Tomato Plants Leaves Are Curling: 9 Reasons With Fixes

Tomatoes are one of the types of vegetables that are grown in the greatest quantity in home gardens. Most people who like to garden enjoy growing a wide range of plants in their own spaces.

If you have just noticed that the leaves on your tomato plant are curling, then you should not skip over these 9 possible causes so that you can get rid of the curling leaves. 

If you skip over these potential causes, then the leaves on your tomato plant will continue to curl.

If you choose to ignore these possible causes, the leaves on your tomato plant may continue to curl even if you take other preventative measures.

Why Are My Tomato Plants Leaves Curling?

The leaves of tomato plants may start to curl for a number of different reasons, including high temperatures, insufficient watering, pests, diseases, an excessive amount of fertilizers, transplanting, herbicide exposure, and excessive pruning.

1. Excess Temperature

The major element that causes underwatering is excessive heat. Although it could not entirely be the gardener’s responsibility, a lack of water is a major factor in this problem.

It may be difficult for tomatoes to adjust to the summer heat and increasing light exposure. It may sound unusual given that tomatoes are a sun-loving plant, but when the temperature consistently surpasses 85°F, the plants suffer from heat stress.

Increased heat speeds up the process through which a plant loses water from its leaves (stomatal transpiration). The leaves once again tuck inward to protect the plant from the sun and prevent further water loss.


To protect your plants from intense heat, you can employ a number of different strategies. You may fully expose your plants to the light in the early morning and late afternoon while shielding them from the heat by using shade fabric.

If the tomatoes are being grown in containers, it is much easier to move them to a more shady area.

You might decide to wait until the heat is no longer causing too much damage. As the temperatures start to fall, the leaves should return to their normal form.

2. Transplantation

In a tomato that has just been transferred, transplant shock is most likely the cause of leaf curl. Moving tomato roots to a new site poses the risk of damaging them since they are so sensitive. New gardeners frequently believe that “cutting up the roots” will promote healthy development.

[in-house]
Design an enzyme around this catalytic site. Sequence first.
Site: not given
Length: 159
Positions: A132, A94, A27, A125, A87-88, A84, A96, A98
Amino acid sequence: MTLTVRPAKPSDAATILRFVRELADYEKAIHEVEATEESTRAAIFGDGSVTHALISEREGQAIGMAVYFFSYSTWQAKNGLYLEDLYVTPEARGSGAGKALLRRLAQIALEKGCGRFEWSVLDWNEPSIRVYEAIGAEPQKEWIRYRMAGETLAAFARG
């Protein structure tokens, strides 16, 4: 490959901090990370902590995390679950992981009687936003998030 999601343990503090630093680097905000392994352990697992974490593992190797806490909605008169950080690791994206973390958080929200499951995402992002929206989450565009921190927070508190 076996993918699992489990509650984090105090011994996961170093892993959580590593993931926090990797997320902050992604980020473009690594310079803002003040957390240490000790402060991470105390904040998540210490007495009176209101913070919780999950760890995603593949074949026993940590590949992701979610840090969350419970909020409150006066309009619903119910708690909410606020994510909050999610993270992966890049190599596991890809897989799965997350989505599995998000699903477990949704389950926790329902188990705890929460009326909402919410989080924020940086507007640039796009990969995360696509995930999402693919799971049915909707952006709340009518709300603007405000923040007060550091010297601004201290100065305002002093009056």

Tomatoes are an exception to this rule. No matter how little, a crack or fracture in the root ball might still cause root damage. If this has happened, you will see wilting, yellowing leaves, and of course, leaf curl.

The plant shouldn’t be significantly affected by mild transplant shock, and it should recover with time and patience.

Trimming or using ineffective watering techniques might increase stress at this time and prevent your plant’s ability to recover.


Be gentle when transplanting. Since tomato roots are relatively sensitive, try to move them with as much care as you can.

Gently crack the nursery pot to loosen the dirt so you may securely remove the plant. Select the nearest stem to you and draw it.

Avoid touching the roots. Rather, completely bury the root ball, together with the stem’s lowest point and the root ball itself. After that, thoroughly saturate it, cover it with dirt, and gently place it.

Show patience. You should be nice to your baby tomato plant and allow it some time to recover if you see that it has already experienced transplant shock. Avoid putting your plant under any more stress until it has fully healed.

3. Excessive Fertilizer (Nitrogen)

The optimum fertilizer to use should be covered in a separate essay for each stage of tomato development.

The ideal fertilizers for tomatoes contain both macronutrients like nitrogen, phosphorus, and potassium as well as micronutrients like magnesium, calcium, and zinc.

Numerous nutrients to take into account for the different growth stages of your tomatoes may seem overwhelming if you’re new to gardening.

It can be at first, but your tomato harvest will increase as you add more each year!

The following is a quick list of the macronutrients included in fertilizer:

The development of leaves is encouraged by nitrogen.

Fruit and roots both require phosphorus for growth and development.

Potassium is necessary for the plant to quickly bloom and produce fruit.

This list makes it clear that your tomatoes need certain macronutrients at various growth phases.

Unfortunately, there isn’t any evidence to suggest that a particular tomato fertilizer is ideal for all gardens at all stages of growth.

Let’s examine what transpires when tomatoes are exposed to excessive nitrogen over an extended period of time.

A balanced fertilizer is the best to use for growing tomatoes (or almost balanced). However, as the plant achieves maturity, starts flowering, and starts to produce fruit, it is advisable to use a fertilizer with more phosphate and potassium.